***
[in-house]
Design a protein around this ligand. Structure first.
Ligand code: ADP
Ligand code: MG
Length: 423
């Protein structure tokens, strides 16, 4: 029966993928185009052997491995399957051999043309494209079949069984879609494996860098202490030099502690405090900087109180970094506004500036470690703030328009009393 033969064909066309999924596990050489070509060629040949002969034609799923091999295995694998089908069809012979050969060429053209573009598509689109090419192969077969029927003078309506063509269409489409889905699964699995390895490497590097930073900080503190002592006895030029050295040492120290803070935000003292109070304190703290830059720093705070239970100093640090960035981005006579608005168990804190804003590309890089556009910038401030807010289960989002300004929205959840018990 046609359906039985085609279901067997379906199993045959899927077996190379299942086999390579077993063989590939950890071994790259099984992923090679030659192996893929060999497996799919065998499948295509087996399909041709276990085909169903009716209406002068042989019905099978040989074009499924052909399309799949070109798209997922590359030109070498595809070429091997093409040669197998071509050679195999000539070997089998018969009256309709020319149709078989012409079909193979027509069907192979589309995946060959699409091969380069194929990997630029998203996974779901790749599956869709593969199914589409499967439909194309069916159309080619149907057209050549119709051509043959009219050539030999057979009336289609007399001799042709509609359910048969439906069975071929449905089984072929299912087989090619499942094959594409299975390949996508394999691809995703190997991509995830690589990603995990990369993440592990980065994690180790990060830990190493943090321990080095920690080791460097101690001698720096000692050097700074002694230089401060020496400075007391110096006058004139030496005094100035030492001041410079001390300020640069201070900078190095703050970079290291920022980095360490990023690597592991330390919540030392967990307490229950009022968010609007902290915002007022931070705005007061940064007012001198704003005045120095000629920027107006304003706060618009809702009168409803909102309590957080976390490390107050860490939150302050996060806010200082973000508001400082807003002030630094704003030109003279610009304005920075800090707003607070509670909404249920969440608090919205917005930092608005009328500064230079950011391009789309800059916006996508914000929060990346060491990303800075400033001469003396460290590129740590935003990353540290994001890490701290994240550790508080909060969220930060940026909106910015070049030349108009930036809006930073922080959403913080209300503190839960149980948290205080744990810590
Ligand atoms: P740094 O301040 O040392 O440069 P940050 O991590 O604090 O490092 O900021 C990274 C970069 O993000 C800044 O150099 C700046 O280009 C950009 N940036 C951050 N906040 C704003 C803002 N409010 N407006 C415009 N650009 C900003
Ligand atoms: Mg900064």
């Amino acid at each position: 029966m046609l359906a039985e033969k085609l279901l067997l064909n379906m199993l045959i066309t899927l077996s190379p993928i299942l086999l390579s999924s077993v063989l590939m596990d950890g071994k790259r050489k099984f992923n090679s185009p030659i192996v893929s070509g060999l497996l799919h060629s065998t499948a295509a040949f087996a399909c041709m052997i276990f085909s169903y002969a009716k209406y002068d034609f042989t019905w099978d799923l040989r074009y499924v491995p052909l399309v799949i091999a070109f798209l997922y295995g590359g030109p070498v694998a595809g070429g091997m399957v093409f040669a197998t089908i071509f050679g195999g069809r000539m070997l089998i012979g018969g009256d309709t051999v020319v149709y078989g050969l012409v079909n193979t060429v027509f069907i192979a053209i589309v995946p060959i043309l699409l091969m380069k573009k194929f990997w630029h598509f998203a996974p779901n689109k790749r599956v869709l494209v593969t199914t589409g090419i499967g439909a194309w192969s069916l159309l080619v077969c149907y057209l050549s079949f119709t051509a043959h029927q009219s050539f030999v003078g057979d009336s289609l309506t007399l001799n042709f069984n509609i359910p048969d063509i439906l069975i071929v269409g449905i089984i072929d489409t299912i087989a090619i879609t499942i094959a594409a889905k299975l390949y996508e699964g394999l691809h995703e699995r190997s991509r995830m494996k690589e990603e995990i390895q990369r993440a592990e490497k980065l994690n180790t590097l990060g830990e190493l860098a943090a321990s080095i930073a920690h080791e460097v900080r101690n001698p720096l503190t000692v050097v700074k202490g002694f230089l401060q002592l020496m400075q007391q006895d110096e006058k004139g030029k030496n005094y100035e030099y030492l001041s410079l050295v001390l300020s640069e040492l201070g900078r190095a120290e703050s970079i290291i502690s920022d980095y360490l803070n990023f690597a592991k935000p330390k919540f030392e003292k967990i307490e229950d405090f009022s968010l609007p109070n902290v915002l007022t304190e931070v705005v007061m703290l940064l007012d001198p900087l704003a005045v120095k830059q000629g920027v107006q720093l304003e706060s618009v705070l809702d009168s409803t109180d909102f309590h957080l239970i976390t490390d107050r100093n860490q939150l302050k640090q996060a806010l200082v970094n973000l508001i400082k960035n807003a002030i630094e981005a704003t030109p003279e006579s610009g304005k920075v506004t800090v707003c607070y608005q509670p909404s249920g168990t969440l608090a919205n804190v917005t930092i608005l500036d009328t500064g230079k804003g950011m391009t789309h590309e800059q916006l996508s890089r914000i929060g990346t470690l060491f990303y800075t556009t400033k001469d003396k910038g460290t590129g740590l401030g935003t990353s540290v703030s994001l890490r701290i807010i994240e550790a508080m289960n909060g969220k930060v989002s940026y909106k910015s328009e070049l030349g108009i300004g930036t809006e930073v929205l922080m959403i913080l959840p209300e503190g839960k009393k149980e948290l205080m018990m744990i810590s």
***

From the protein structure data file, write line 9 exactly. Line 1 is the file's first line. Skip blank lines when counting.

């Amino acid at each position: 029966m046609l359906a039985e033969k085609l279901l067997l064909n379906m199993l045959i066309t899927l077996s190379p993928i299942l086999l390579s999924s077993v063989l590939m596990d950890g071994k790259r050489k099984f992923n090679s185009p030659i192996v893929s070509g060999l497996l799919h060629s065998t499948a295509a040949f087996a399909c041709m052997i276990f085909s169903y002969a009716k209406y002068d034609f042989t019905w099978d799923l040989r074009y499924v491995p052909l399309v799949i091999a070109f798209l997922y295995g590359g030109p070498v694998a595809g070429g091997m399957v093409f040669a197998t089908i071509f050679g195999g069809r000539m070997l089998i012979g018969g009256d309709t051999v020319v149709y078989g050969l012409v079909n193979t060429v027509f069907i192979a053209i589309v995946p060959i043309l699409l091969m380069k573009k194929f990997w630029h598509f998203a996974p779901n689109k790749r599956v869709l494209v593969t199914t589409g090419i499967g439909a194309w192969s069916l159309l080619v077969c149907y057209l050549s079949f119709t051509a043959h029927q009219s050539f030999v003078g057979d009336s289609l309506t007399l001799n042709f069984n509609i359910p048969d063509i439906l069975i071929v269409g449905i089984i072929d489409t299912i087989a090619i879609t499942i094959a594409a889905k299975l390949y996508e699964g394999l691809h995703e699995r190997s991509r995830m494996k690589e990603e995990i390895q990369r993440a592990e490497k980065l994690n180790t590097l990060g830990e190493l860098a943090a321990s080095i930073a920690h080791e460097v900080r101690n001698p720096l503190t000692v050097v700074k202490g002694f230089l401060q002592l020496m400075q007391q006895d110096e006058k004139g030029k030496n005094y100035e030099y030492l001041s410079l050295v001390l300020s640069e040492l201070g900078r190095a120290e703050s970079i290291i502690s920022d980095y360490l803070n990023f690597a592991k935000p330390k919540f030392e003292k967990i307490e229950d405090f009022s968010l609007p109070n902290v915002l007022t304190e931070v705005v007061m703290l940064l007012d001198p900087l704003a005045v120095k830059q000629g920027v107006q720093l304003e706060s618009v705070l809702d009168s409803t109180d909102f309590h957080l239970i976390t490390d107050r100093n860490q939150l302050k640090q996060a806010l200082v970094n973000l508001i400082k960035n807003a002030i630094e981005a704003t030109p003279e006579s610009g304005k920075v506004t800090v707003c607070y608005q509670p909404s249920g168990t969440l608090a919205n804190v917005t930092i608005l500036d009328t500064g230079k804003g950011m391009t789309h590309e800059q916006l996508s890089r914000i929060g990346t470690l060491f990303y800075t556009t400033k001469d003396k910038g460290t590129g740590l401030g935003t990353s540290v703030s994001l890490r701290i807010i994240e550790a508080m289960n909060g969220k930060v989002s940026y909106k910015s328009e070049l030349g108009i300004g930036t809006e930073v929205l922080m959403i913080l959840p209300e503190g839960k009393k149980e948290l205080m018990m744990i810590s």